Note: Many third-party libraries, such as MFC* (Microsoft Foundation Class*) libraries, create and use threads. Therefore, software that uses MFC should always be run from within the VTune environment or Microsoft .NET* Developer Environment

Analyze Multiple Processes or Executables
Intel® Thread Checker only supports one process (executable) when run from within either the VTune™ environment or Microsoft .NET* Developer Environment. Furthermore, Thread Checker only supports finding diagnostics within one process; that is it will not produce diagnostics for synchronization objects shared between processes. However if your software launches another process, Thread Checker can still be used to find threading diagnostics within either process. To use Thread Checker for either process, use source instrumentation and run your software outside of the VTune™ environment.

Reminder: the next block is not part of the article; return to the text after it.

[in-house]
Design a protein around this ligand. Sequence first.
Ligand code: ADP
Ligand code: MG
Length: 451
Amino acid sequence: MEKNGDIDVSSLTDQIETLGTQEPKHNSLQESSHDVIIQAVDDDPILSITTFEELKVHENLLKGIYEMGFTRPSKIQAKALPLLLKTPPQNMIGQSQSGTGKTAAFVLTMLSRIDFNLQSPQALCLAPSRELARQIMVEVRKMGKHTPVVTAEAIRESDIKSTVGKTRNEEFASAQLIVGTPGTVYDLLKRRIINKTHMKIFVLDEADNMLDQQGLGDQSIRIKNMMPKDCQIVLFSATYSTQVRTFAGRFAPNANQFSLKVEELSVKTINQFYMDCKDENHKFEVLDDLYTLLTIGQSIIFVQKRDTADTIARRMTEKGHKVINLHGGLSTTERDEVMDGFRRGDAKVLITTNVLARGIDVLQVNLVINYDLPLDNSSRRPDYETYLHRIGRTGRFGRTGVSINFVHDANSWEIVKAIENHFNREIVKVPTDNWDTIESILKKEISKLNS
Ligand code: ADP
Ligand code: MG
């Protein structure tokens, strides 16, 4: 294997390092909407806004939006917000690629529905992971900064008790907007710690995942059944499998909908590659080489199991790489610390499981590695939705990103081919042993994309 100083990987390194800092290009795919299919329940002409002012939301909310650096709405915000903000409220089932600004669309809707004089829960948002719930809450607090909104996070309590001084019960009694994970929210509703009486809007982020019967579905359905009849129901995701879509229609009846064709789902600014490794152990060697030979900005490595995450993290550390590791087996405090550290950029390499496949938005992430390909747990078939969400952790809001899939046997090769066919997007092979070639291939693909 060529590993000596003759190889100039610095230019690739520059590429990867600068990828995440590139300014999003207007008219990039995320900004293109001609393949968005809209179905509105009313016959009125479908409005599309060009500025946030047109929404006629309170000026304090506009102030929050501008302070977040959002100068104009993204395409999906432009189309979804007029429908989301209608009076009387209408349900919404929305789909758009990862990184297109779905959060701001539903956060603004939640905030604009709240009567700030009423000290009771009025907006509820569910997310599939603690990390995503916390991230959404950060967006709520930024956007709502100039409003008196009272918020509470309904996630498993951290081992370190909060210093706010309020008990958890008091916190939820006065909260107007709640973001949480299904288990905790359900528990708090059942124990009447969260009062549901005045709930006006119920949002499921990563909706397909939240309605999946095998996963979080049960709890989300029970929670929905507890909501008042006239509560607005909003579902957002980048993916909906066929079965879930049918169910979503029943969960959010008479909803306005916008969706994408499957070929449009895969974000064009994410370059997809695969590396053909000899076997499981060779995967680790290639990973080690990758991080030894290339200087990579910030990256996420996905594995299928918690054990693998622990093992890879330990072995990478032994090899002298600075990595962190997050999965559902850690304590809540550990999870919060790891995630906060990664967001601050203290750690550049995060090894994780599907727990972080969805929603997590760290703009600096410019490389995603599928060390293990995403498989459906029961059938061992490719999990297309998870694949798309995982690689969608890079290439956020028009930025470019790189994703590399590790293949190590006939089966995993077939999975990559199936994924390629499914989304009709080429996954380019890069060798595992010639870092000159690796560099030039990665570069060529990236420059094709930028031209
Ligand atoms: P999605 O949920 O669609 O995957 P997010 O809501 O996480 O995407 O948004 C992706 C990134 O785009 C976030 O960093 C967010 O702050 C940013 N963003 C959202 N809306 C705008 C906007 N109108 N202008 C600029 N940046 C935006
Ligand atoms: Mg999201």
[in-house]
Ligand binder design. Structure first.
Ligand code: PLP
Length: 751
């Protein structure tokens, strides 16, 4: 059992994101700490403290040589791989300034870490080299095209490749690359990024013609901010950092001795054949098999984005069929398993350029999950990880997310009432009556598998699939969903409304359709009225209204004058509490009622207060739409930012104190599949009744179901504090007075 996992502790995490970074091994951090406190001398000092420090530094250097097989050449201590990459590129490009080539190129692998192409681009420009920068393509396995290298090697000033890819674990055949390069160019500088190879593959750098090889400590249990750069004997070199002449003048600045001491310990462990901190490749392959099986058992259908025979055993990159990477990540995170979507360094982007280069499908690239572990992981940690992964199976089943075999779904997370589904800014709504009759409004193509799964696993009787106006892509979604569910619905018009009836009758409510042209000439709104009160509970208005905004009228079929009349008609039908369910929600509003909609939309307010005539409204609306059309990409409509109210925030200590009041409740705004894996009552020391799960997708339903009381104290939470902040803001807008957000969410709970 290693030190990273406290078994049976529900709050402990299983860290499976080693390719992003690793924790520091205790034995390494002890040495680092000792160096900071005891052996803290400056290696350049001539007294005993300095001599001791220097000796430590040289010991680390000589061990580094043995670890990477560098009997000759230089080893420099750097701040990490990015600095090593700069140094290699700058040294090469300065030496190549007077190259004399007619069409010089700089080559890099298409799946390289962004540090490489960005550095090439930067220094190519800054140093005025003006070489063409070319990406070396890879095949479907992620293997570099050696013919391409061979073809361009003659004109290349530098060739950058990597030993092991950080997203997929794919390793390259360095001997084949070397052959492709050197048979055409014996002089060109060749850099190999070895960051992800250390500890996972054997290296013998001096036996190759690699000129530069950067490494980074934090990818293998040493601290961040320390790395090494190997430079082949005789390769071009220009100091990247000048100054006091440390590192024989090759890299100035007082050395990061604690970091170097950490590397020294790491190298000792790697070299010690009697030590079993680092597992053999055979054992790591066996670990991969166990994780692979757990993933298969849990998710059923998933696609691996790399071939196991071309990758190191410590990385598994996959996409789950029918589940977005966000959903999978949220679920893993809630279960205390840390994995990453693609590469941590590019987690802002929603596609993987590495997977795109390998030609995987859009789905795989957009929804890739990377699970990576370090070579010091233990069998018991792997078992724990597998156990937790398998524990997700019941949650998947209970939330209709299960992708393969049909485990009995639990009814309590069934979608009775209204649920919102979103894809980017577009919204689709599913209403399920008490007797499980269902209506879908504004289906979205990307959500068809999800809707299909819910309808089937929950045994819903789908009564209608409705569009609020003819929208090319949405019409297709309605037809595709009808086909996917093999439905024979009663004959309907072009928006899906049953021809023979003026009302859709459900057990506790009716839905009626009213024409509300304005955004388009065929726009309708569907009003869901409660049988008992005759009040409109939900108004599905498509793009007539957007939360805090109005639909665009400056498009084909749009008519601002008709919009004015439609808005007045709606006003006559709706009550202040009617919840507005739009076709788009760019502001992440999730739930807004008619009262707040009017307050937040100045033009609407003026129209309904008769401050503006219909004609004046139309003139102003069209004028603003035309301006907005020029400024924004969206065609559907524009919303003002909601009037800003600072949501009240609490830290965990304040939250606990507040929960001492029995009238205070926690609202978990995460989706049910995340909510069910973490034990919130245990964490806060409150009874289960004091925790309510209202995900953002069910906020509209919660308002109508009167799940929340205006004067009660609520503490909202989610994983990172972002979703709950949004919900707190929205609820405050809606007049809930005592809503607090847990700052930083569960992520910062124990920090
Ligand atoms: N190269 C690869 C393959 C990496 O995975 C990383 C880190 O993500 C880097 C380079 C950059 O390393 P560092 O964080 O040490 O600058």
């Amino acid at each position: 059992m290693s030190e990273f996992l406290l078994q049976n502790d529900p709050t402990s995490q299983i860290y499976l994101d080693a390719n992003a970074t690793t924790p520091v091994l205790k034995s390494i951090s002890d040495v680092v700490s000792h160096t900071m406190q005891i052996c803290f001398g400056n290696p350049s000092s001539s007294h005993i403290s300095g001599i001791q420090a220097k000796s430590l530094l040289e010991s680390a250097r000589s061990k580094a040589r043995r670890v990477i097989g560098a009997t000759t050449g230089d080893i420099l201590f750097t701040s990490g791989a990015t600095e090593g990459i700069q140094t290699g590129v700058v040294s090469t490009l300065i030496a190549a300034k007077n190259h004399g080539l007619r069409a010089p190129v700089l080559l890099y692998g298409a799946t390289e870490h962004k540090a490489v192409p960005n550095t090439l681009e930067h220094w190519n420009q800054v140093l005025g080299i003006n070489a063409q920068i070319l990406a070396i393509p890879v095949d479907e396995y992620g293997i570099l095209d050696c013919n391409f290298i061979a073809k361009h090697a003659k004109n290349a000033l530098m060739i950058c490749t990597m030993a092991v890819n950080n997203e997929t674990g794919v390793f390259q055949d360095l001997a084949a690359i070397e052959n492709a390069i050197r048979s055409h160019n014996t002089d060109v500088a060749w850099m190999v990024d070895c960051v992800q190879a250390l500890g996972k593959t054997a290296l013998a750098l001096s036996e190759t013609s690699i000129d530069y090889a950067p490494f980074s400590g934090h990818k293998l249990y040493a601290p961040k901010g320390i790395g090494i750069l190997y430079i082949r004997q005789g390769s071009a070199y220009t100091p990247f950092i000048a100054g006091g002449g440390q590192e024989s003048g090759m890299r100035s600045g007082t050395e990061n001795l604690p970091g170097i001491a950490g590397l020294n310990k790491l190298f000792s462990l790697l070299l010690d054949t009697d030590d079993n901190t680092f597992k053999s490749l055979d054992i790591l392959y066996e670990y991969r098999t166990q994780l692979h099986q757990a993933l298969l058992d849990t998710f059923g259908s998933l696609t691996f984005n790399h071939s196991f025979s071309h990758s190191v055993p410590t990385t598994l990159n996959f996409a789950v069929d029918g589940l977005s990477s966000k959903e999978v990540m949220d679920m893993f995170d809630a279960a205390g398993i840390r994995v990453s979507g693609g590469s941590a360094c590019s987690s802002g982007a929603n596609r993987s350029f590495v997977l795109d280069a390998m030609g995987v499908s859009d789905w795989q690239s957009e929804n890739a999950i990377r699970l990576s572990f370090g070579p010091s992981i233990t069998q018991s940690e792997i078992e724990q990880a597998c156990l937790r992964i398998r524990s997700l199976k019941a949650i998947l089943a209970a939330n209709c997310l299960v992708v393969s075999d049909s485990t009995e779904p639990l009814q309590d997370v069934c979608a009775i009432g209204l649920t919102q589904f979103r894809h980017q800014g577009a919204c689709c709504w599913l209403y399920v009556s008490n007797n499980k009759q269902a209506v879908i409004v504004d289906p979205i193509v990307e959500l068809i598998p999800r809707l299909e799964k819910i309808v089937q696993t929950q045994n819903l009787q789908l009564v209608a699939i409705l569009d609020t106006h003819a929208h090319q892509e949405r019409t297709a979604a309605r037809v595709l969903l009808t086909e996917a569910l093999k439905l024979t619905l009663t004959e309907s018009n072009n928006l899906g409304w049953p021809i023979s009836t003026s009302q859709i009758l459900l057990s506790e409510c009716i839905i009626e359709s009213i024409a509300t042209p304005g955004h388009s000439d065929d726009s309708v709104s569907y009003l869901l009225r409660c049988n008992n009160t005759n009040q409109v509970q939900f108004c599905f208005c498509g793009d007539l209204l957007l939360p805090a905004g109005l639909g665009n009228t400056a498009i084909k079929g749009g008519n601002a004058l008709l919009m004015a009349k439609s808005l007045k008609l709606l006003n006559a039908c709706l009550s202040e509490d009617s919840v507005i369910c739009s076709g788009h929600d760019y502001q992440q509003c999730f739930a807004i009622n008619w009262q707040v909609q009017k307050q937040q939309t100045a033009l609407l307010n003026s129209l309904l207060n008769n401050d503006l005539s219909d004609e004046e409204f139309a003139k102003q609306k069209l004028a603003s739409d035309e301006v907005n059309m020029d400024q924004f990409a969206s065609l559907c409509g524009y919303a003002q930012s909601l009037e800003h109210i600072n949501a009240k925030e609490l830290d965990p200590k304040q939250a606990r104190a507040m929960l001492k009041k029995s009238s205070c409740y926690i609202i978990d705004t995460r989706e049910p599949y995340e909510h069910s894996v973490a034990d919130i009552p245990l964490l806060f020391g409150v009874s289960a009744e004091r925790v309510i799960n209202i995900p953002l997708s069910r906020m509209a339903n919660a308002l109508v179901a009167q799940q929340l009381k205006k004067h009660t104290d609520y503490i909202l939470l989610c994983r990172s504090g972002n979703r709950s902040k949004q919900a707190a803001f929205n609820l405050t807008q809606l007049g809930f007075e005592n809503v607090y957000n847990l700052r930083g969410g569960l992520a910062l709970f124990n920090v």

Using Intel® Thread Checker with Applications That Have to be started Outside of VTune
  1. Start VTune™ Performance Analyzer.
  2. Start Intel® Thread Checker Wizard to create a new project.
  3. Uncheck (de-select) Launch an Application.
  4. Check (select) Modify default configuration when done with wizard, and then click Next.
  5. Fill in your Modules of Interest. This should be your application and the DLLs (that you have symbols for) that your application depends on as it runs.
  6. Click Finish.
  7. Click Configure button to setup the Thread Checker data collector, and the select the Module Instrumentation tab.